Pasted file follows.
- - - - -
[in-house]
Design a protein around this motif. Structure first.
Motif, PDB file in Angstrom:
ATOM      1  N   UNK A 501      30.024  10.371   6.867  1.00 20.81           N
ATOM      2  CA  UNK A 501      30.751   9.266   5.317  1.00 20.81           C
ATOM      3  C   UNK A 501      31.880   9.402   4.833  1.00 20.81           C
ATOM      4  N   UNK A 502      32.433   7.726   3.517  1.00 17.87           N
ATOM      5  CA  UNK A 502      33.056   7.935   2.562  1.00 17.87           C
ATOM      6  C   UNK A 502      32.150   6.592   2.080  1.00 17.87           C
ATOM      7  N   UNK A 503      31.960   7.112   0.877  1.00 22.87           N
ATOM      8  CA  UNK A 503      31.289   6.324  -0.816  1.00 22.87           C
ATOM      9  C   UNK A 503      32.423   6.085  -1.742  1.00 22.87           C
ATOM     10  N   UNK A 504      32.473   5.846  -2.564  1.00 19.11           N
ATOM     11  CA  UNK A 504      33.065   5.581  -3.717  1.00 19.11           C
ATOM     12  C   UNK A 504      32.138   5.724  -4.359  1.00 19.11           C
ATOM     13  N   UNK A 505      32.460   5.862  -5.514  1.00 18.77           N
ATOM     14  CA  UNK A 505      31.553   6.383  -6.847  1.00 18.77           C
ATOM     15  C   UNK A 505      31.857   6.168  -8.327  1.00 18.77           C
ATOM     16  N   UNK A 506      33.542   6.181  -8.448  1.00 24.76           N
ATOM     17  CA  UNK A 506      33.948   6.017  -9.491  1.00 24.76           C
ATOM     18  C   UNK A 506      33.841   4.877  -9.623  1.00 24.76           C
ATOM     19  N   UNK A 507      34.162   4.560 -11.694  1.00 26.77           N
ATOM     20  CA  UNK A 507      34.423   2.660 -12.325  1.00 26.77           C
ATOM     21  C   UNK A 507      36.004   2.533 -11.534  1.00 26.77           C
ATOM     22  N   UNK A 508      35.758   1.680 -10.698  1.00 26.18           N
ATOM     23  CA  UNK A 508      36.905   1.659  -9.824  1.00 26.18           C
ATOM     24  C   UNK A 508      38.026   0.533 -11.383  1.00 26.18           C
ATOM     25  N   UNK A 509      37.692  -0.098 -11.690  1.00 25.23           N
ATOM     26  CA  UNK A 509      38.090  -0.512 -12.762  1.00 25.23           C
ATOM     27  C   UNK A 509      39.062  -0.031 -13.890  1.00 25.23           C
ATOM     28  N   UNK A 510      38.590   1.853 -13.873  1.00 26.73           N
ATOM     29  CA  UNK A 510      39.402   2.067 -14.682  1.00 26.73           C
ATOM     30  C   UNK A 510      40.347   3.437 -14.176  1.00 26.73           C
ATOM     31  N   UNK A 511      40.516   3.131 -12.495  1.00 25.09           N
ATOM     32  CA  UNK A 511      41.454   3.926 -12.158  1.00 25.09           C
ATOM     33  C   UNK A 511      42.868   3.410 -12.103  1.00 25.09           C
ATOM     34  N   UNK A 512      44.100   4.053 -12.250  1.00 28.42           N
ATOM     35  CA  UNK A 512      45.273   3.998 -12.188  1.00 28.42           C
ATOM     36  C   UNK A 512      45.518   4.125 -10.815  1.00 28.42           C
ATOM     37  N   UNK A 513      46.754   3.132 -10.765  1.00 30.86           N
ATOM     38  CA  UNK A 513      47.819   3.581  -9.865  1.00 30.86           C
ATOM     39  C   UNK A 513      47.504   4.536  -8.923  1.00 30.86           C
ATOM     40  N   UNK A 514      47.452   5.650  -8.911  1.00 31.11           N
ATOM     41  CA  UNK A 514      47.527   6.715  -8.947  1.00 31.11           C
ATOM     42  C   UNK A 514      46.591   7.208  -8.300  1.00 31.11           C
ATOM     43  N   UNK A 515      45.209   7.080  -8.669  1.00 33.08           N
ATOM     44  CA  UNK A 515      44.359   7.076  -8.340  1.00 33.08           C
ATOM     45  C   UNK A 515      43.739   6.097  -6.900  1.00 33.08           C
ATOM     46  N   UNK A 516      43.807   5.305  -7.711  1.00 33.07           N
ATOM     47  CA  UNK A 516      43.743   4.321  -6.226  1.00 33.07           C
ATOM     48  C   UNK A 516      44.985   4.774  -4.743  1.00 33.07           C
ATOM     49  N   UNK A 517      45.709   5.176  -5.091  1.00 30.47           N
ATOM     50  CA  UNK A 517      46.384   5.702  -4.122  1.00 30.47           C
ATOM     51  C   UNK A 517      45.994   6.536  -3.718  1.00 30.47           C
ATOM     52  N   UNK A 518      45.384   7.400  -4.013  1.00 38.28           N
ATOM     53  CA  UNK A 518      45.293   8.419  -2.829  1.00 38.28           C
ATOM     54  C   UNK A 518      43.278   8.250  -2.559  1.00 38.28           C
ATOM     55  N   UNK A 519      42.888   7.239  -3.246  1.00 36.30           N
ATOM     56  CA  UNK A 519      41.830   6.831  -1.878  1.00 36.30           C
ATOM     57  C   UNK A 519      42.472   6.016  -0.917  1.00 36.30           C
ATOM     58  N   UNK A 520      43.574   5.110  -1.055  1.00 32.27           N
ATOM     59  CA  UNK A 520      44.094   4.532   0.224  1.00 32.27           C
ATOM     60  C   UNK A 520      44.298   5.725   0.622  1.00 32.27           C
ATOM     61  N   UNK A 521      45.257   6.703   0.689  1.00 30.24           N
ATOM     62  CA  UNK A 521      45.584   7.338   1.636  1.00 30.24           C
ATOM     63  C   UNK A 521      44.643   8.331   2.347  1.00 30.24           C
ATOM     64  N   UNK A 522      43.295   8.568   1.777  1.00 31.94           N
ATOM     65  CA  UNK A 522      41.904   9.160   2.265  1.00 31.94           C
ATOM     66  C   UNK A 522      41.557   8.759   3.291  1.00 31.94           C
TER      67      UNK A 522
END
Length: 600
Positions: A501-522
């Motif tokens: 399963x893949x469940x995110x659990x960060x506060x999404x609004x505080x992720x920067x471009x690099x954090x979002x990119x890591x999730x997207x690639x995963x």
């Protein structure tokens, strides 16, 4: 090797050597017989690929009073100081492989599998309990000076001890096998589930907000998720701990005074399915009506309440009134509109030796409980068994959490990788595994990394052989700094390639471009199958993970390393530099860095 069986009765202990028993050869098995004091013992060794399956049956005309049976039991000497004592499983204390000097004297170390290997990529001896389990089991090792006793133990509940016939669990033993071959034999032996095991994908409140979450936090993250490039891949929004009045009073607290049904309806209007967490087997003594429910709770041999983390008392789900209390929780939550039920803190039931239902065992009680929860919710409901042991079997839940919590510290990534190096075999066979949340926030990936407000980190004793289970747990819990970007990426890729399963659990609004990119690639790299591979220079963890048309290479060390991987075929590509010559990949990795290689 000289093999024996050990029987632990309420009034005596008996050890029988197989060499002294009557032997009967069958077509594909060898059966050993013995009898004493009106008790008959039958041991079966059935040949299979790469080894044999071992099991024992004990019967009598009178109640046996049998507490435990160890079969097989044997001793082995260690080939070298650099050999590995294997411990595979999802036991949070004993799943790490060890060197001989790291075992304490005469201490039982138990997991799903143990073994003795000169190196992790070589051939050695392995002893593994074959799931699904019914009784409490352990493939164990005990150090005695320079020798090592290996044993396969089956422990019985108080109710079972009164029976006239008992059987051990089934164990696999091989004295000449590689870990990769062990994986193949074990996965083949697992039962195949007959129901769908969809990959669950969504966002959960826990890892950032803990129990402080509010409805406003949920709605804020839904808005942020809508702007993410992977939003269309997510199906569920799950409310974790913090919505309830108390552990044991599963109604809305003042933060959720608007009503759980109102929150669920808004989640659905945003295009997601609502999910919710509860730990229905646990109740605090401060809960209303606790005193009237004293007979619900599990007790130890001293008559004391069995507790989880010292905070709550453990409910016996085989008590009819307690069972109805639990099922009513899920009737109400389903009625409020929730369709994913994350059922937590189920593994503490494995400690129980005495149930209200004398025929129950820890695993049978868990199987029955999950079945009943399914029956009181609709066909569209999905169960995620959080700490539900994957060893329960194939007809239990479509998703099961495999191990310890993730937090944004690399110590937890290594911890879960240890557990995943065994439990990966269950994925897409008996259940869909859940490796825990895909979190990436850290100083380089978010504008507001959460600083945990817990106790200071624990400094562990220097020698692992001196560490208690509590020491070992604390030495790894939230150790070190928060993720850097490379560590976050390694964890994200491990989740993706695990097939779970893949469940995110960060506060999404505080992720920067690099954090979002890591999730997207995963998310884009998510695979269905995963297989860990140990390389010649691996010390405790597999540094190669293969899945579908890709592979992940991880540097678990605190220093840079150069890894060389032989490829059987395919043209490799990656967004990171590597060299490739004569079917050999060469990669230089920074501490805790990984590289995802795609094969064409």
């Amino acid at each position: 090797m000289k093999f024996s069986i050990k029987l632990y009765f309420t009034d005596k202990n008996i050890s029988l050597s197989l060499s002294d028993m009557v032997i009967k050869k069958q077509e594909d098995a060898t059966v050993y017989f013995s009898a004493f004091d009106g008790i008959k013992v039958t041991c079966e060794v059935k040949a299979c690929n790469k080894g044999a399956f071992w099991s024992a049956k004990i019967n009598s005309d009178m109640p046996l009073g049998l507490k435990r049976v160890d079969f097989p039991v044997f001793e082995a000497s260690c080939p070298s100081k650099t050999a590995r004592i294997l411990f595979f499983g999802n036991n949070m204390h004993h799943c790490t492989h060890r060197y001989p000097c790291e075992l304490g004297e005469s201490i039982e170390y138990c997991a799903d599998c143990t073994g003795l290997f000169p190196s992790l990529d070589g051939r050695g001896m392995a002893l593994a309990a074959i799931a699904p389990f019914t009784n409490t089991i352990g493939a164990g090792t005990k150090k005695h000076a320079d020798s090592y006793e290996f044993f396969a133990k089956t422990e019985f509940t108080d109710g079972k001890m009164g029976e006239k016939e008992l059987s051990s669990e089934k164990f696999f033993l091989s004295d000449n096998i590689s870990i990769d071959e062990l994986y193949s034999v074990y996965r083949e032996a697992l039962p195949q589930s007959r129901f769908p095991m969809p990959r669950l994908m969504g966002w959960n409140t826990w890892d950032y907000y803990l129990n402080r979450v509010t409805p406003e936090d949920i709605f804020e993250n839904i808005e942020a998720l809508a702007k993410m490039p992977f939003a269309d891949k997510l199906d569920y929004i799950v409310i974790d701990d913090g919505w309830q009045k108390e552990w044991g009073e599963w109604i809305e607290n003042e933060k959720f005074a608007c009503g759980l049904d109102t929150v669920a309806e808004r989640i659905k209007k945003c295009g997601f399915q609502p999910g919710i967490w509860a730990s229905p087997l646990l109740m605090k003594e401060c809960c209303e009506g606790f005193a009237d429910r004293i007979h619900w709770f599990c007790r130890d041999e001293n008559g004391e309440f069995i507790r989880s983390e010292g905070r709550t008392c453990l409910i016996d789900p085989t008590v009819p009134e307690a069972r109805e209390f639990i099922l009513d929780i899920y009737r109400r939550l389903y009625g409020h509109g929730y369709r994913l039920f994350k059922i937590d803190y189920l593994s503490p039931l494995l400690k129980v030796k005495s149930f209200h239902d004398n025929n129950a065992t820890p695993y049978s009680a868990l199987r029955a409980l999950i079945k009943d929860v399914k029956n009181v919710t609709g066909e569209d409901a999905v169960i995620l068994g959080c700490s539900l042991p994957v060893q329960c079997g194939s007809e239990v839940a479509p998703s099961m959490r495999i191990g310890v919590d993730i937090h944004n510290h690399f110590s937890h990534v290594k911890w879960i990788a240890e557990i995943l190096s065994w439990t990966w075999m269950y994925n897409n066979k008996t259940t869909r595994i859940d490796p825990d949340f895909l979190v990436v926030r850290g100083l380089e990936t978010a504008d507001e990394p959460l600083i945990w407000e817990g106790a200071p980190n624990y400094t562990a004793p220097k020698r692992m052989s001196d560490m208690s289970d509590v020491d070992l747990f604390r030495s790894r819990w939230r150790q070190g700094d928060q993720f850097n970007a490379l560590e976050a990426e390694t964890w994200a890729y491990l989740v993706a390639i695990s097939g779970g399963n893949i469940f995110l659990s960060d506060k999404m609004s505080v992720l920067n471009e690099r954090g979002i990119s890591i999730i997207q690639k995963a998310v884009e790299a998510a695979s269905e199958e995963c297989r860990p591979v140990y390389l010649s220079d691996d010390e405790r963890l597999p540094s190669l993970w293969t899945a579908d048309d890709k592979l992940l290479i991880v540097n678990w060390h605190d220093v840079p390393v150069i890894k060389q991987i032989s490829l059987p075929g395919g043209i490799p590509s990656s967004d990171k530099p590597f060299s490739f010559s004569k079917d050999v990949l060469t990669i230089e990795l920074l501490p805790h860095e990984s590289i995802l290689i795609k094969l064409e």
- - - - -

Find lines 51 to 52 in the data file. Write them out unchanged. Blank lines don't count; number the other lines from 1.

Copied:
ATOM     48  C   UNK A 516      44.985   4.774  -4.743  1.00 33.07           C
ATOM     49  N   UNK A 517      45.709   5.176  -5.091  1.00 30.47           N